St. Paul, MN
|Team: St. Paul Saints||League: Western League|
|AKA: Dale and Aurora Grounds, St. Albans Field|
The below article is from Stew Thornley's Twin Cities Ballparks.
"A new minor league, the Western League, was formed in 1894. It was a league whose president, Ban Johnson, hoped would eventually become a major league. Minneapolis was a charter member in 1894 but St. Paul didn't get a team until the next year. The Sioux City franchise was dropped from the league, and a new team, in St. Paul, was granted to Charles Comiskey, one of the greatest first basemen of his time who finally retired as an active player and decided to try his hand at ownership.
Comiskey needed a place for his team to play. In early April 1895, he began the process to build a ball park in the block between Dale and St. Albans streets and Aurora and Fuller avenues.
The grandstand and two sets of bleachers provided 3,000 seats within the ballpark. During some exhibition games played before the regular season, though, Comiskey discovered that another 1,000 people were able to watch the game from a hill along St. Albans Street. Of course, these were not paying fans, and Comiskey moved to put an end to their freeloading by erecting additional stands on that side of the field. On the morning of the first regular-season game, Tuesday, May 7, 1895, the St. Paul Pioneer Press reported, 'The advantageous position on the hill has been blocked by a high row of seats on that corner of the park, and that congregation of person who would otherwise probably not pay their half-dollar to see the game will be disappointed.'
Prior to the first official game, the Saints and the Milwaukee team toured the city in a couple trolley cars, headed by a car containing a band. The parade ended at the ballpark, where the teams worked out for a couple hours before the game began at 3:30. Tony Mullane started on the mound for the Saints and also homered in the game, which was delayed by rain for about a half-hour in the third inning. Despite rain that caused a 30-minute delay in the third inning, the attendance was 3,000, and the Saints won 18 to 4.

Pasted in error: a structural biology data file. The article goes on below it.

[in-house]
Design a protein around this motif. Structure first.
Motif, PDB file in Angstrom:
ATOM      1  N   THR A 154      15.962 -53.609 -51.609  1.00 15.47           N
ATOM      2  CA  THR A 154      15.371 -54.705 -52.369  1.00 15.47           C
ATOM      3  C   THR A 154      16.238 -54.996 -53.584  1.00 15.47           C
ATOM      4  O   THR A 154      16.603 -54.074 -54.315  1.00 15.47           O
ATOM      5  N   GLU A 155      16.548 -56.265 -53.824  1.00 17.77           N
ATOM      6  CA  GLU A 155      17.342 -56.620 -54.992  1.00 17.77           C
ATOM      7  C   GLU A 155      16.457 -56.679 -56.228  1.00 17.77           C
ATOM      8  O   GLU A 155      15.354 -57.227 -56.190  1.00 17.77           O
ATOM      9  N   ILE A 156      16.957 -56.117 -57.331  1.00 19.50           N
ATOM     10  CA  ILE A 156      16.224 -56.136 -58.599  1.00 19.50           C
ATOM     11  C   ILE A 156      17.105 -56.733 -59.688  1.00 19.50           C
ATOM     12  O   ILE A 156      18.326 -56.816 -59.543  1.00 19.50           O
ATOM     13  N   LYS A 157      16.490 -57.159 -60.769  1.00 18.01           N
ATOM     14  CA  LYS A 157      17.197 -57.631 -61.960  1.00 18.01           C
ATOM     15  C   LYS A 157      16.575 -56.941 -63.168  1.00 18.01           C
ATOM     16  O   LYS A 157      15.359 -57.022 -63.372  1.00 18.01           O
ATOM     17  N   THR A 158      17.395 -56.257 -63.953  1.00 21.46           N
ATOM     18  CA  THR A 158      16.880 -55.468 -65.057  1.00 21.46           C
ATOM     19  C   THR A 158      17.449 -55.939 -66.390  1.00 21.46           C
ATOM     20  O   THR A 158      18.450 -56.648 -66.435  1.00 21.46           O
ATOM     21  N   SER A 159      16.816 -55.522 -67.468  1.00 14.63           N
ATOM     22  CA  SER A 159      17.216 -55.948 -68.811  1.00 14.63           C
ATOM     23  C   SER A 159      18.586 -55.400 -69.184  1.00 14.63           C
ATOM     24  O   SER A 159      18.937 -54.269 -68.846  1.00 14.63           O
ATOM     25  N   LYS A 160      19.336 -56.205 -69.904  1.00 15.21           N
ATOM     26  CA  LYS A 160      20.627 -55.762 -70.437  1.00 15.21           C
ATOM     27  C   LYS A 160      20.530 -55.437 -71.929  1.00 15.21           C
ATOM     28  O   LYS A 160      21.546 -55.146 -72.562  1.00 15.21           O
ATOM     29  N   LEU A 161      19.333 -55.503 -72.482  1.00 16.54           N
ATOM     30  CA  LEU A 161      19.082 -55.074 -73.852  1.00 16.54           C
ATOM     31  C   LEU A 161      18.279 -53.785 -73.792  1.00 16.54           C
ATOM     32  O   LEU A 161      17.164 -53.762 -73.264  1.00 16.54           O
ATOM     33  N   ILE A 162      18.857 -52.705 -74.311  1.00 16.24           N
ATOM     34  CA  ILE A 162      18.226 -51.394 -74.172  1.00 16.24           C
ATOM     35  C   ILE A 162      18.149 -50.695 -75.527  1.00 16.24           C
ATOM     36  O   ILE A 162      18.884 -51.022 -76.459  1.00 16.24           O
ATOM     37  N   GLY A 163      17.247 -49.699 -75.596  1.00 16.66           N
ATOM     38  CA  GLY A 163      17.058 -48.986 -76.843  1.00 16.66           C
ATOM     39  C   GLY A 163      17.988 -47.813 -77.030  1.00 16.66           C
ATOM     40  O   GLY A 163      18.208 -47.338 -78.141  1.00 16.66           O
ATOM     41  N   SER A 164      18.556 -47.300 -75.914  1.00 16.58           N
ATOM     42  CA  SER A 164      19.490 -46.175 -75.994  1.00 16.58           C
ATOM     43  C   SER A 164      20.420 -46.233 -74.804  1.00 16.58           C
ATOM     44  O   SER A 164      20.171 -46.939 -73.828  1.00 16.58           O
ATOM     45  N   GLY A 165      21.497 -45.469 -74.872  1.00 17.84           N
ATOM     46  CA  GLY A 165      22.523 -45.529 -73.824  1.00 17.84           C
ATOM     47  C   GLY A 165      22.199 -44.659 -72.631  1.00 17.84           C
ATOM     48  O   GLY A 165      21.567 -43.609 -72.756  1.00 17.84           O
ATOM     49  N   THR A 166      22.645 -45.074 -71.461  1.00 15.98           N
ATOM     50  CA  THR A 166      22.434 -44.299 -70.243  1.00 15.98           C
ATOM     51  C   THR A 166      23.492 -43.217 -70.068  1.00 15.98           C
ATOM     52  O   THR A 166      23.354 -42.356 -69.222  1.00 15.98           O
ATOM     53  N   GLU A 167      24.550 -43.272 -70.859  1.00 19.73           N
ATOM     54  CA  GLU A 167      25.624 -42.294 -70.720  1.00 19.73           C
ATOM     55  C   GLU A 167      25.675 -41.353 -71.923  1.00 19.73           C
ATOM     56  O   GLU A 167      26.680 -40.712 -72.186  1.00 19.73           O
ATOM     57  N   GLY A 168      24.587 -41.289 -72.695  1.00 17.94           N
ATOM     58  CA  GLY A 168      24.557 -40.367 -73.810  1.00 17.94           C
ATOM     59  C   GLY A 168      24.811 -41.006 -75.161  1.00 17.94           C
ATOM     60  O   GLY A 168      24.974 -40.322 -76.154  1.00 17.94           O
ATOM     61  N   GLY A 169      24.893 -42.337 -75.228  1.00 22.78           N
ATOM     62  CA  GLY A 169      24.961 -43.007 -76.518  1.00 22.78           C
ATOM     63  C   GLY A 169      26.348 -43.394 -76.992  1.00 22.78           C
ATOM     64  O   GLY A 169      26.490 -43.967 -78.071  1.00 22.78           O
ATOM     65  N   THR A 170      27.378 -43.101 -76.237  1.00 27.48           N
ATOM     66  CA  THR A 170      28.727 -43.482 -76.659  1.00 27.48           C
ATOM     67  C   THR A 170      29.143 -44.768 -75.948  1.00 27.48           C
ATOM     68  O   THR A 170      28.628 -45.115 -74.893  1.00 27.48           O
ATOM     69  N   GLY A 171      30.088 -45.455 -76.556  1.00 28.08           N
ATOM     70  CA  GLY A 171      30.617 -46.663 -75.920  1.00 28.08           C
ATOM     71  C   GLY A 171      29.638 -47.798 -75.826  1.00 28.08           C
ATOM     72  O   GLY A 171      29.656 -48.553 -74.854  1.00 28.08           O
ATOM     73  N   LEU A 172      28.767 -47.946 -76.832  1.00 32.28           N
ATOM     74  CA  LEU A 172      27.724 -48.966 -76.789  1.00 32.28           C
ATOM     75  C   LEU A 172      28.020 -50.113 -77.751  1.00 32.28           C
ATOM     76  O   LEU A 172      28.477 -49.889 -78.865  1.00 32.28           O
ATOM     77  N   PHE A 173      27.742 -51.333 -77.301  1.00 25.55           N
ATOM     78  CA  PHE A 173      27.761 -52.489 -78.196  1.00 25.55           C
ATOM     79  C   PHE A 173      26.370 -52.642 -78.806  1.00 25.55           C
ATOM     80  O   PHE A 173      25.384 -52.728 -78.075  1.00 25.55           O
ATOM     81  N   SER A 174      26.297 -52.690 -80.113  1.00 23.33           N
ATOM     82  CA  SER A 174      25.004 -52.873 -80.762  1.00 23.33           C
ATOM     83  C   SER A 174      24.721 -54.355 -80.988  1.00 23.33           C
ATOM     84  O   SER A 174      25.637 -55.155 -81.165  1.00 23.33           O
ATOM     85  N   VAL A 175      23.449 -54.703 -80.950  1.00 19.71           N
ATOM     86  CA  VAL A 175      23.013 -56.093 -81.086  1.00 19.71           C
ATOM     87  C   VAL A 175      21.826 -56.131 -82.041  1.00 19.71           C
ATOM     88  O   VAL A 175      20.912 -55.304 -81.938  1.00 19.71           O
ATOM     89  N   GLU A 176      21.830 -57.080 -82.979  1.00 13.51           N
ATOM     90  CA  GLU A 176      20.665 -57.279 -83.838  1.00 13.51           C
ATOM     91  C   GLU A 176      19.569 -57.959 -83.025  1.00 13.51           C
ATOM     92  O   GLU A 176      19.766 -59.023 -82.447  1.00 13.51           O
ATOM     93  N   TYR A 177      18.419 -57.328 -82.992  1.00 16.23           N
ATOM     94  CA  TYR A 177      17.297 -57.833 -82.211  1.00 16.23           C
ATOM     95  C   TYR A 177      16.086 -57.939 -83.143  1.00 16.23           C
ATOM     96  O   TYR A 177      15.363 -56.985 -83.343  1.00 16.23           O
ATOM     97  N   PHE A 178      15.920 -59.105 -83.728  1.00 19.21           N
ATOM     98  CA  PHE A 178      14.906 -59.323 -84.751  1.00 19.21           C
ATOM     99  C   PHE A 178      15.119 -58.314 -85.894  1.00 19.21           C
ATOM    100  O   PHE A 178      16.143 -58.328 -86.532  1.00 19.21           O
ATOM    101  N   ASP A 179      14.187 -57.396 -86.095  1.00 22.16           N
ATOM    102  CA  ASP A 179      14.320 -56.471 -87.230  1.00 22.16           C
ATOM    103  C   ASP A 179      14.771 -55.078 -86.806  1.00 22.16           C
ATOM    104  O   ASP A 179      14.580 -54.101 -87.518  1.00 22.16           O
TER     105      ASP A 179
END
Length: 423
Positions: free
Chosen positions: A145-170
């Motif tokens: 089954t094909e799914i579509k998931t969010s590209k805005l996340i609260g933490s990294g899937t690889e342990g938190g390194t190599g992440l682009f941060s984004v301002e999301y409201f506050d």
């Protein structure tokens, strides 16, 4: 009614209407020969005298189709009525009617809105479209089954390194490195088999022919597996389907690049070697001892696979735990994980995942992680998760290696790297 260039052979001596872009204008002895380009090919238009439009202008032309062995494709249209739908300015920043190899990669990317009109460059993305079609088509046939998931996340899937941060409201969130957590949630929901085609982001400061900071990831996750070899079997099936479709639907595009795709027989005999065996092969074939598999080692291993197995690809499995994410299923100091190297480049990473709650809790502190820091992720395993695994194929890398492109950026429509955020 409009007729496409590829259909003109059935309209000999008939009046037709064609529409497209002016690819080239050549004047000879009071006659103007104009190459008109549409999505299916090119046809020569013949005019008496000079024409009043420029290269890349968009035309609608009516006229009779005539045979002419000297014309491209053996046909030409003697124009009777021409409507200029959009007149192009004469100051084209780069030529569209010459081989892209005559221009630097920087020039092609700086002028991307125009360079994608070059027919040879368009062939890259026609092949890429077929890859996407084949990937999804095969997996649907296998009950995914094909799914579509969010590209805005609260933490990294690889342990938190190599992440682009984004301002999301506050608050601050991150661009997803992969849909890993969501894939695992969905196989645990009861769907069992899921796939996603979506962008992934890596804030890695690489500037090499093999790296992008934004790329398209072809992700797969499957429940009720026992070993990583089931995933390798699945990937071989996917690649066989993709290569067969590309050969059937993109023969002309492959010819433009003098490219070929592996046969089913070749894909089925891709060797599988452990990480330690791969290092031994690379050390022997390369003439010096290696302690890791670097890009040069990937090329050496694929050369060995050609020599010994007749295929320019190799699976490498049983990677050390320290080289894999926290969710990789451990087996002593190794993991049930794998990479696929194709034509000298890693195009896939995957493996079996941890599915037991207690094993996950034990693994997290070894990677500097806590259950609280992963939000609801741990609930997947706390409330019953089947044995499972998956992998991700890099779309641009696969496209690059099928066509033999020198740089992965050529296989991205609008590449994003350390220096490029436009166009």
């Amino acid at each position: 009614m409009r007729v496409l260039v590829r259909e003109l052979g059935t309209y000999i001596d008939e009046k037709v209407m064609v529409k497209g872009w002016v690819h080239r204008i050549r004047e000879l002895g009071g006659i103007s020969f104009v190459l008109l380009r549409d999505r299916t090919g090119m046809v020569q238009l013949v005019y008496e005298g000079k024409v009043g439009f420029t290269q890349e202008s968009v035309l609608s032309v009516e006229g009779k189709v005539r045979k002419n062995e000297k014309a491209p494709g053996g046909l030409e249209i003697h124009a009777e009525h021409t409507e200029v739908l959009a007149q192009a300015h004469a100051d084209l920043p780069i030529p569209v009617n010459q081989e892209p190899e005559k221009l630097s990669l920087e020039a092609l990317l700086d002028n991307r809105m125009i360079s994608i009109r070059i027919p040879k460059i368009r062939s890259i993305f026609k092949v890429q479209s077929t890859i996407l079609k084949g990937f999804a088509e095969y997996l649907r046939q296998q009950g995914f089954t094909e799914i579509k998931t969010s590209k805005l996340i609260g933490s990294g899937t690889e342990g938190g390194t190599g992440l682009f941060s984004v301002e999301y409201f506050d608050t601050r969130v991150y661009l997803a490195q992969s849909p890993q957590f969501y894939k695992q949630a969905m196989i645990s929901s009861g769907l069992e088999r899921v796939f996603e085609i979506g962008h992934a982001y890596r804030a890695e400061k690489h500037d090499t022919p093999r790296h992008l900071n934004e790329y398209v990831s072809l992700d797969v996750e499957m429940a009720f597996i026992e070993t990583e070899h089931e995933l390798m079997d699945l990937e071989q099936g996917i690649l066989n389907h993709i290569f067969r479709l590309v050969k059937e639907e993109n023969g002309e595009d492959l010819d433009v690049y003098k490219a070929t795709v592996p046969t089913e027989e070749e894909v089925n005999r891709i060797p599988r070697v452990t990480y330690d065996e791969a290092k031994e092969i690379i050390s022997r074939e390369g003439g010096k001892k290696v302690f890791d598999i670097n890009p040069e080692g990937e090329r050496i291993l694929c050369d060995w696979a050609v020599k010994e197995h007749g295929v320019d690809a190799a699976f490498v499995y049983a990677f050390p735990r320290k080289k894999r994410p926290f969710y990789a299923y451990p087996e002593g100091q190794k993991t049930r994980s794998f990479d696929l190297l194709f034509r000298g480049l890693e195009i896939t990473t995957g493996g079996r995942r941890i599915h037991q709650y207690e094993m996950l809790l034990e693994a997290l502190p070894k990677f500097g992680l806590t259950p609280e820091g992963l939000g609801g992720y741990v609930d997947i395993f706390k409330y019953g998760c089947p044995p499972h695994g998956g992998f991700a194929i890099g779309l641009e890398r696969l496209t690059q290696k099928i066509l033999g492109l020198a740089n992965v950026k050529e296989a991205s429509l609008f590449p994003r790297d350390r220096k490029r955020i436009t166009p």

Although Comiskey eliminated the free view from St. Albans, he quickly discovered another problem, according to the article 'When Charlie Comiskey Came to St. Paul' by the Junior Pioneer Association (on file at the Minnesota Historical Society): 'Within a few weeks the small fry had bored more than 200 peep-holes in the fence. Comiskey merely grumbled, 'Boys will be boys,' and created a second fence six inches inside the other.'
This ball park was called, alternately, the 'Dale and Aurora Grounds' or, more simply, 'Comiskey Park.' In addition to owning and managing the Saints, Charles Comiskey played 17 games as a first baseman, which marked the end of his career as an active player.
The Saints had another problem with this park than just fans getting a free peek at the game. Some people in this neighborhood objected to Sunday baseball and got a judge to grant an injunction prohibiting games on Sunday. Comiskey arranged to have the Saints play a couple of Sunday games at the Minnehaha Driving Grounds in Minneapolis."
© 2015-17 Paul Healey.